We have some new images from the Mars Express orbiter, added to the collection just last week. As always, they’re beautiful. This time, I noticed something of a pattern in the latest shots: lots of weather. Mars may or may not have ever been a home to living creatures, but it’s not a dead world. Here are some pictures as proof.
Mars experiences many kinds of weather, but these views of drifting or hovering clouds just feel so Earth-like.
That said, it’s a very thin and cold wind that blows on Mars.
But the fact that we can observe the weather day in and day out, not just on one world, but several—there’s a sign we’re living in an amazing future.
This article originally appeared as a guest post on The Planetary Society site.
This entry originally appeared as a guest post on The Planetary Society site.
Late last month, visitors to Grand Canyon National Park in Arizona witnessed a rare and spectacular sight. A temperature inversion (where a layer of cold air is trapped beneath warm air) led to a canyon filled to the brim with clouds.
On the very same day, a robotic spacecraft at the planet Mars captured a similar scene. This one was a much more common event, but one that still makes for incredible imagery. Valles Marineris is a network of canyons that in many ways looks similar to the Grand Canyon–except that at more than 4,000 kilometers in length, if it were on Earth it would stretch across most of the United States.
This canyon, too, sometimes fills with clouds, made of tiny particles of water ice, though it’s not caused by an inversion. Despite the Red Planet’s well-earned reputation as a dry desert, there are hints of water on its surface and in its atmosphere. The Mars Color Imager (MARCI) on board the Mars Reconnaissance Orbiter makes daily observations of the entire planet. On November 29 and 30, MARCI returned pictures of wispy clouds clinging to the summits of Olympus Mons and the other towering volcanoes. It also showed Valles Marineris, a long horizontal scar probably formed in part by the tectonic effects of all those volcanoes. As happens seasonally, the canyon was clearly filled with clouds.
Some of the first detailed pictures of this phenomenon came from the Viking orbiters back in the 70s. This still-stunning capture shows the maze of canyons at the west end of Valles Marineris called Noctis Labyrinthus, “the labyrinth of the night,” as the morning sun vaporizes water that condensed in the shadows the previous night.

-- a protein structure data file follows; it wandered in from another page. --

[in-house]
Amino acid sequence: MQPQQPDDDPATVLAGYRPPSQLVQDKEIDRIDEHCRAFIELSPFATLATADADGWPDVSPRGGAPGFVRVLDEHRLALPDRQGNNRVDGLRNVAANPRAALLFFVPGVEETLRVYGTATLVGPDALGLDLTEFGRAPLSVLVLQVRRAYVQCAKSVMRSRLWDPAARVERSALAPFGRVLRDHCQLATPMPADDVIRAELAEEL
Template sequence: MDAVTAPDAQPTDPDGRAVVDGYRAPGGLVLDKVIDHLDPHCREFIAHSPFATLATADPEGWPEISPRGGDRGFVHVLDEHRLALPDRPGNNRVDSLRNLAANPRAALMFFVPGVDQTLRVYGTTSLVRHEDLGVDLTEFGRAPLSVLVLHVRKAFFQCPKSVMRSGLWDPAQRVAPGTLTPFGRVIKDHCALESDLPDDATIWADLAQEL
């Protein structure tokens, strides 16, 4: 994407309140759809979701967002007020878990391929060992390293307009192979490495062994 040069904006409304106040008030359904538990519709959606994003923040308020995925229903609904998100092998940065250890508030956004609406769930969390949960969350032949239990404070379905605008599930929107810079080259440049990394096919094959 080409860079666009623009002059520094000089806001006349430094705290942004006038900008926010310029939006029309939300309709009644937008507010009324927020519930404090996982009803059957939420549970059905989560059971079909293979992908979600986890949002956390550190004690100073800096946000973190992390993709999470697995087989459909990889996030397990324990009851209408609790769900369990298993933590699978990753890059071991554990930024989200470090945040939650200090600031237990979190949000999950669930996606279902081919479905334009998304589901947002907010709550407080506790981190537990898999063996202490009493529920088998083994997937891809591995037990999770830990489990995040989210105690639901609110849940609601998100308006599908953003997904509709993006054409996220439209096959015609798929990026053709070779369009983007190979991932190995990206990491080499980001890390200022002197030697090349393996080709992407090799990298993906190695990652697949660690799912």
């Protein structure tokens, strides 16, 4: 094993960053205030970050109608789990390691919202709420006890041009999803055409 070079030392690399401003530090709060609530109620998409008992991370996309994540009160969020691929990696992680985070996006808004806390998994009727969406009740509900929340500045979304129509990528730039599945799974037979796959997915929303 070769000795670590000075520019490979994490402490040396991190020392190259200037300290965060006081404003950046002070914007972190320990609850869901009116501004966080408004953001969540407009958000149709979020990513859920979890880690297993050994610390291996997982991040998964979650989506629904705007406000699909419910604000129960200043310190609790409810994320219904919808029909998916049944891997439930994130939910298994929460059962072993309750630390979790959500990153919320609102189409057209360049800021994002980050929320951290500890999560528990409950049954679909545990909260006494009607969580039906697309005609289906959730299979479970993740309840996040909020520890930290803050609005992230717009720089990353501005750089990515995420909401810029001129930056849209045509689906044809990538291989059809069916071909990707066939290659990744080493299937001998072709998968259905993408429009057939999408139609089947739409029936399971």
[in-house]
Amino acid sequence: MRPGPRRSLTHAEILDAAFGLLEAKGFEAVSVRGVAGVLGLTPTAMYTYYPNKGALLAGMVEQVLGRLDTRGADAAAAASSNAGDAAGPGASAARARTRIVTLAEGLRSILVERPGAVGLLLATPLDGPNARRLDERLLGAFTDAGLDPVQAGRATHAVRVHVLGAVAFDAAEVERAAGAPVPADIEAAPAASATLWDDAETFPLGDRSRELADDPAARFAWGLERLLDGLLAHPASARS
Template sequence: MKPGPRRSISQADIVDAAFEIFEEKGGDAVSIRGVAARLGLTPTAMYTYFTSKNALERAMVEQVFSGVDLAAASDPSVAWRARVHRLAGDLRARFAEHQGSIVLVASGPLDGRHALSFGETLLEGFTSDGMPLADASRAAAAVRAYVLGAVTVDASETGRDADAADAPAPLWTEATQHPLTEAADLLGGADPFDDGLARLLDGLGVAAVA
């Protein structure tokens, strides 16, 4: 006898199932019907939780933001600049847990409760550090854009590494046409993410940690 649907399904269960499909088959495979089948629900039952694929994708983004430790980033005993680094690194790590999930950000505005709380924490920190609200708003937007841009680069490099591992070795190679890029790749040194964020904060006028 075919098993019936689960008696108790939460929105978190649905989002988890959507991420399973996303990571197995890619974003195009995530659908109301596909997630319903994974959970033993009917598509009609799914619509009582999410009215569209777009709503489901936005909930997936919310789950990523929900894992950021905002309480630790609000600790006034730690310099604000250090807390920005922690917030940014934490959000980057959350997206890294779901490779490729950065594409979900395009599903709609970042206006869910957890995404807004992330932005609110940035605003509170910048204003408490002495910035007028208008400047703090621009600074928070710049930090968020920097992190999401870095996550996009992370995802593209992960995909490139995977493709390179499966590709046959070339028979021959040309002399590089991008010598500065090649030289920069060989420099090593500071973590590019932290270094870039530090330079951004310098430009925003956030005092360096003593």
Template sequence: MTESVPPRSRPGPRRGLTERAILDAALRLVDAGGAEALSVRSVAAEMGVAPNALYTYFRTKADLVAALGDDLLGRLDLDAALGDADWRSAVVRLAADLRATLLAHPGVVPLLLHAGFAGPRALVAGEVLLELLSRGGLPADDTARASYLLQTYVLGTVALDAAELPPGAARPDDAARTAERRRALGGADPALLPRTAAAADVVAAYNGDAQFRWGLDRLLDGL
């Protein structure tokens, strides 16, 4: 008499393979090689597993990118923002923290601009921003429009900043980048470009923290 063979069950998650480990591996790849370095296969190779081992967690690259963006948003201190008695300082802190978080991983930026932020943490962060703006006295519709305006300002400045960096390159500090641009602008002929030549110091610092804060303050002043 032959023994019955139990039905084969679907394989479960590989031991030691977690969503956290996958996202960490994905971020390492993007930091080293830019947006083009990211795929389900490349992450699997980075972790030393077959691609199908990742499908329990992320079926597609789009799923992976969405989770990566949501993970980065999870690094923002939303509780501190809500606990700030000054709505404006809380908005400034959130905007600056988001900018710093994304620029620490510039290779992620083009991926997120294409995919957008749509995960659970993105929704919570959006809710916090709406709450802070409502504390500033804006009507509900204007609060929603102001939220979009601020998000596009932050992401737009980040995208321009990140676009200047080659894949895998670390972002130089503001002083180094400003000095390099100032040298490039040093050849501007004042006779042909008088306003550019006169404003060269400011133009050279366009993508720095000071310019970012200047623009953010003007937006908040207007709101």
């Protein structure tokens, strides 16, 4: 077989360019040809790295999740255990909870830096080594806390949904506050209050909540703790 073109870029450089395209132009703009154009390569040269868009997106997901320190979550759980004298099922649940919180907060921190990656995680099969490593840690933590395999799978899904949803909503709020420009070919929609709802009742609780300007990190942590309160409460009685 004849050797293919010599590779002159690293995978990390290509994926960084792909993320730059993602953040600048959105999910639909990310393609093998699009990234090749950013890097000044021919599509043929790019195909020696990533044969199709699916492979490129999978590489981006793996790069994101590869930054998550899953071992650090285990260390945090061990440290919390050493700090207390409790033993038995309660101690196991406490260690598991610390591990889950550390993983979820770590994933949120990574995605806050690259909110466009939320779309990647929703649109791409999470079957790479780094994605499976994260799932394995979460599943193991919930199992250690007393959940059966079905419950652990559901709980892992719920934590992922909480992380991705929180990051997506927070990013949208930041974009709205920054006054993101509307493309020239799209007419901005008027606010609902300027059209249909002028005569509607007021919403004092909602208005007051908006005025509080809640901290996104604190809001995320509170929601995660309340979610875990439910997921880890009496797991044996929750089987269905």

More recent missions bring us the same kinds of scenes in even more detail. Here, the Mars Express spacecraft’s high-res camera reveals a portion of the immense canyon haunted by haze.
It’s enticing to imagine the view from the edge of a Martian cliff on such a day. Thanks to an unusual gift from the Grand Canyon, now it’s a little easier to do so. (Another temptation: picturing past eons when the skies on Mars might have been a little more blue.)
This entry originally appeared as a guest post on The Planetary Society site.
I love maps of the planets. They remind me that the landscapes of Mars and Mercury are real places. You could wade along the shores of Titan yourself, listening to the splash your boots made as you walked (as long as they were really, really good boots). Planetary maps mark the retreating frontiers of knowledge: explorers filling in the blank spaces based on the deep space dispatches of robotic scouts. More than metaphor, though, they’re such physically beautiful things. Each one combines the work of dozens of scientists, through technical precision and artistry, into a visual record of discovery. The US Geological Survey even makes frame-able paper maps available for order. They offer a tactile, ink-and-paper way to experience the data sent home by distant spacecraft.